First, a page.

China would work with Sudan to push forward friendly cooperation in various sectors, said a senior official with the Communist Party of China (CPC) in Beijing on Wednesday.
"We will give active consideration to Sudan's suggestion on increasing bilateral cooperation in agriculture, energy and other areas," Zhou Yongkang, a member of the Standing Committee of the Political Bureau of the CPC Central Committee, told Sudanese Defense Minister Abdel Rahim Mohamed Hussein.
"We will offer support and help to Sudan within our capacity," Zhou said.
China had always paid great attention to the cooperation with Sudan in politics, economy and military affairs since the two nations forged diplomatic ties 50 years ago, Zhou said, noting that he was delighted to see the progress made by Sudan in economic development and social stability.
Zhou expressed appreciation to Sudan's support in issues concerning Taiwan and human rights.
Echoing Zhou, Hussein applauded China's contribution to Sudan's economic growth.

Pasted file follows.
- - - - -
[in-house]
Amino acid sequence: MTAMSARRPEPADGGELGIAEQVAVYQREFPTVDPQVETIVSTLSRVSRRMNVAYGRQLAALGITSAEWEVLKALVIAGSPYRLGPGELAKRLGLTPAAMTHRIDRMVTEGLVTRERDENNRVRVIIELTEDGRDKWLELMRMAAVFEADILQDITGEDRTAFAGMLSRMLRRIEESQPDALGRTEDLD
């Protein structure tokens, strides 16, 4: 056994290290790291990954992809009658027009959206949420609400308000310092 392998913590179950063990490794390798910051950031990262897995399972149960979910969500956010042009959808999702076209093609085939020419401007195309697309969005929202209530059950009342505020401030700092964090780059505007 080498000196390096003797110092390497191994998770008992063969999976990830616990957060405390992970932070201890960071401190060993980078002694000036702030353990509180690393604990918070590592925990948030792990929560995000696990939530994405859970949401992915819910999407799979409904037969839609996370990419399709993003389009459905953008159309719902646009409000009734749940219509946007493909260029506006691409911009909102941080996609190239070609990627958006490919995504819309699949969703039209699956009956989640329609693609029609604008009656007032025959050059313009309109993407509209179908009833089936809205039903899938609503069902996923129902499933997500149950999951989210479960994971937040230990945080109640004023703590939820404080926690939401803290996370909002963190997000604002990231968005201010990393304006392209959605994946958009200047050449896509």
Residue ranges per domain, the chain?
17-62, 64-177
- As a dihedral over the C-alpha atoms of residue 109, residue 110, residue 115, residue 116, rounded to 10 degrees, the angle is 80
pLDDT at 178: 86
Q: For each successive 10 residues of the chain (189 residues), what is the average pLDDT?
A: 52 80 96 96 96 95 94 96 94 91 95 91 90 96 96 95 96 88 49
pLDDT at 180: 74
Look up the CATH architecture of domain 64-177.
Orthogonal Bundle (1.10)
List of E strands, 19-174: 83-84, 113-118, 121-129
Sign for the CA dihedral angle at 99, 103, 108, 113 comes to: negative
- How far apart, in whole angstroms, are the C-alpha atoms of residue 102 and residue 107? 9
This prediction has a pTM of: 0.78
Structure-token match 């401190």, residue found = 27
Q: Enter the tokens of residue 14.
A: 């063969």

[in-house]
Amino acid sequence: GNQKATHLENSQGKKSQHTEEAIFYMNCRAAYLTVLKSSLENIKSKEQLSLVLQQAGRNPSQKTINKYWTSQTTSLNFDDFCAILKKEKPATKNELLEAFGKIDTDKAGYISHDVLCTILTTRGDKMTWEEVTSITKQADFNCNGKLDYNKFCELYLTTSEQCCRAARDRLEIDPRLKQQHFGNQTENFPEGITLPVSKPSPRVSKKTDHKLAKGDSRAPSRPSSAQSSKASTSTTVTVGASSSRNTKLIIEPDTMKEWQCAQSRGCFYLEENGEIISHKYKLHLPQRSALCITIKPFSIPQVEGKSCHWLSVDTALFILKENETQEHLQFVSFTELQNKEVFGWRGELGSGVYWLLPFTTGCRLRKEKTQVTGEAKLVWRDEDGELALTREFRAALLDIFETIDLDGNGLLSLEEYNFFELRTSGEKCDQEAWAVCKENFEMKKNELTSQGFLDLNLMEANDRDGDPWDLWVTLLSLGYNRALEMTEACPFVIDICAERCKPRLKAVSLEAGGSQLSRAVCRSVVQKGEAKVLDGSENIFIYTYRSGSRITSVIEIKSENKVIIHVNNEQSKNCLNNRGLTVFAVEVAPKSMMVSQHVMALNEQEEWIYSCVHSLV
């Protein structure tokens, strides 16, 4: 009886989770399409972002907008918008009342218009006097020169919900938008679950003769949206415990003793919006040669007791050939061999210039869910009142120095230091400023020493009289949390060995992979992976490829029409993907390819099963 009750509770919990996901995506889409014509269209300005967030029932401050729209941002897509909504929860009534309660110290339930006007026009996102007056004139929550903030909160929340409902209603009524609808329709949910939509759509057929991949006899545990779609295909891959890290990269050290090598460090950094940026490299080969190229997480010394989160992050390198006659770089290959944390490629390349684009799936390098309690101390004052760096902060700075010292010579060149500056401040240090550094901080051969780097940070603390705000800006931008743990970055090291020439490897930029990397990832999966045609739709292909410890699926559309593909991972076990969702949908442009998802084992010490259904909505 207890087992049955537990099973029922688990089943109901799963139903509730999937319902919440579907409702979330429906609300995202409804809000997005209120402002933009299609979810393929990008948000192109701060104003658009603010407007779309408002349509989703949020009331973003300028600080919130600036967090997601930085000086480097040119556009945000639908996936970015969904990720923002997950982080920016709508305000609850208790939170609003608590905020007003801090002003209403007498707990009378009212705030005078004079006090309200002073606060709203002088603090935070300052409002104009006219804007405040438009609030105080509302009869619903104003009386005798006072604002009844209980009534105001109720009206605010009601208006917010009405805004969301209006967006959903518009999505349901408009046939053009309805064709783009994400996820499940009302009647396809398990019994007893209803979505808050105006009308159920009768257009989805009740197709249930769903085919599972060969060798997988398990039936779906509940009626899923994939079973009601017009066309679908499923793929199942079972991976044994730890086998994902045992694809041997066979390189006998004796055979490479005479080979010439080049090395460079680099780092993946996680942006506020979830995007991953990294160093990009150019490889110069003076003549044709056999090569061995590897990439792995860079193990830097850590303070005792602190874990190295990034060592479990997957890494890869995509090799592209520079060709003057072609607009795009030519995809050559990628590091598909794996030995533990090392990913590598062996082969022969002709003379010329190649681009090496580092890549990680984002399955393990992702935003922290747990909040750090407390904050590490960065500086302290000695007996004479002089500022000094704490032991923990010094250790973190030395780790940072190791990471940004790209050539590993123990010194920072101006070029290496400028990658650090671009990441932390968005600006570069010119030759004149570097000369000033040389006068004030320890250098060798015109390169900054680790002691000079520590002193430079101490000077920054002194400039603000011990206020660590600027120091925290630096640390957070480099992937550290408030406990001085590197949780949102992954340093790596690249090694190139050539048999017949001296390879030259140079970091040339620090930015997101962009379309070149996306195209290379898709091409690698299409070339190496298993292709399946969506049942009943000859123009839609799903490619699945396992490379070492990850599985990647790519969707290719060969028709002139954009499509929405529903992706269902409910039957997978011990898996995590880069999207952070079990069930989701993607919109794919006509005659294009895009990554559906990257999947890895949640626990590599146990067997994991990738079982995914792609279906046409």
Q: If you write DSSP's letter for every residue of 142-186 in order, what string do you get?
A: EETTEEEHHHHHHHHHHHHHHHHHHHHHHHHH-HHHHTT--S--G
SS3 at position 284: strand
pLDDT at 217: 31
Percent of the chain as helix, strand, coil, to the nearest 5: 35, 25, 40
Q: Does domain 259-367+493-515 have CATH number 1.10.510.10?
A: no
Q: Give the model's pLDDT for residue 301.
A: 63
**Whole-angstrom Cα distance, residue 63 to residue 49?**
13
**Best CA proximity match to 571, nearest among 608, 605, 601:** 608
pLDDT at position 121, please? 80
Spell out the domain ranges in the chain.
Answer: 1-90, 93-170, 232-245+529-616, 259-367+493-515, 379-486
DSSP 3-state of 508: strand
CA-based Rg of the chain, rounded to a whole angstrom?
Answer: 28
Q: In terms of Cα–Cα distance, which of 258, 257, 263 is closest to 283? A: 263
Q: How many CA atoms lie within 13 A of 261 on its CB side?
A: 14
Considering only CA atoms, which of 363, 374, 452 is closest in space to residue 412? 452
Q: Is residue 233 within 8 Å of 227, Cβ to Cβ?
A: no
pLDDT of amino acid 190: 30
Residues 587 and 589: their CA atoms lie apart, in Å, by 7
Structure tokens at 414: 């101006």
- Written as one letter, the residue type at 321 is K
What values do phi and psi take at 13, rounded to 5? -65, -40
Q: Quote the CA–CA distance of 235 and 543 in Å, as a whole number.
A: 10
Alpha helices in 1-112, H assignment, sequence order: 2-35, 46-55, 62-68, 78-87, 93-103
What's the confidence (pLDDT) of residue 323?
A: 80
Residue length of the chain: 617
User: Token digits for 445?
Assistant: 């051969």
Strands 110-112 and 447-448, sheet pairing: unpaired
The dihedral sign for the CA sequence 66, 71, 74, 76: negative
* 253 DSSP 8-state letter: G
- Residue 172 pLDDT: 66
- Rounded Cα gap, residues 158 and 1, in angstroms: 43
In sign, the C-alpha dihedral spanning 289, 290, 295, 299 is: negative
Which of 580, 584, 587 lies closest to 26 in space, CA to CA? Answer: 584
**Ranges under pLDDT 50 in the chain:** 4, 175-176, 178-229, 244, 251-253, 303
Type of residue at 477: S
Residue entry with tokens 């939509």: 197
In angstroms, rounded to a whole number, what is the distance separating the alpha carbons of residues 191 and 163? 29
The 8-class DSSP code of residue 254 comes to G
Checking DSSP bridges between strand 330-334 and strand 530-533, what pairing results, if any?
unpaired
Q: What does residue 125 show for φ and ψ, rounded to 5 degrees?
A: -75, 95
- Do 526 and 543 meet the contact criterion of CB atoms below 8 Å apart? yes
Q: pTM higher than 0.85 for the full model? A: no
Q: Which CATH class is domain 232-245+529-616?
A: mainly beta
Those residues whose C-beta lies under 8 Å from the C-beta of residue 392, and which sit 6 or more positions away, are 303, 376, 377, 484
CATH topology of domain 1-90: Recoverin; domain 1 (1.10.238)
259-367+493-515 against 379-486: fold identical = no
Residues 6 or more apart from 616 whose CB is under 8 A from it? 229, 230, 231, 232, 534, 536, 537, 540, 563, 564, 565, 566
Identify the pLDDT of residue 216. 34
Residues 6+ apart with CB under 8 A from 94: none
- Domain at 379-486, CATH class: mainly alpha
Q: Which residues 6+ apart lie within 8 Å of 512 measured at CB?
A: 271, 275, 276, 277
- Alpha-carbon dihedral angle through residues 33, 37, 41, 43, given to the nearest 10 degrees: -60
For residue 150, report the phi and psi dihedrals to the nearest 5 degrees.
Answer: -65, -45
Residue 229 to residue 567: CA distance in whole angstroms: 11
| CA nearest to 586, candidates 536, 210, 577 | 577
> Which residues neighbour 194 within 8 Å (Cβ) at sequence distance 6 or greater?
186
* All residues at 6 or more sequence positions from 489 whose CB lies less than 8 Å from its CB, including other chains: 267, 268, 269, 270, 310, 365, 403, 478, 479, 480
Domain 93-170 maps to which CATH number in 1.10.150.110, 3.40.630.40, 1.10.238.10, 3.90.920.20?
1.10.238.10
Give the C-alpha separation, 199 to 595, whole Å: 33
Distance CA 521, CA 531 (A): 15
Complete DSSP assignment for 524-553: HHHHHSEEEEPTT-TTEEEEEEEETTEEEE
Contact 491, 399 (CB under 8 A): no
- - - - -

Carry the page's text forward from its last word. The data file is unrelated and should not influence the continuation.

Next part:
The defense minister also exchanged views with Zhou on the July5 riot in Urumqi, capital of northwest China's Xinjiang Uygur Autonomous Region, saying that Sudan firmly supports the Chinese government's measures to deal with the incident.
Zhou, who had just concluded his visit to the region, briefed the guests on the related situation of the deadly riot, which left at least 184 dead and more than 1,000 injured.
"Such violent crimes are not allowed by any country with a legal system," Zhou said.
"Upholding the banner of stability, the socialist legal system, the people's fundamental interests and ethnic unity, we are properly handling the incident according to law in a tense and orderly way," Zhou said.
The defense minister arrived in Beijing on Sunday for an official goodwill visit. Chinese Defense Minister Liang Guanglie had hold talks with him on Monday.
China and Sudan established diplomatic ties on Feb. 4, 1959. The two countries had conducted sound economic cooperation, with bilateral trade standing at 8.2 billion U.S. dollars in 2008.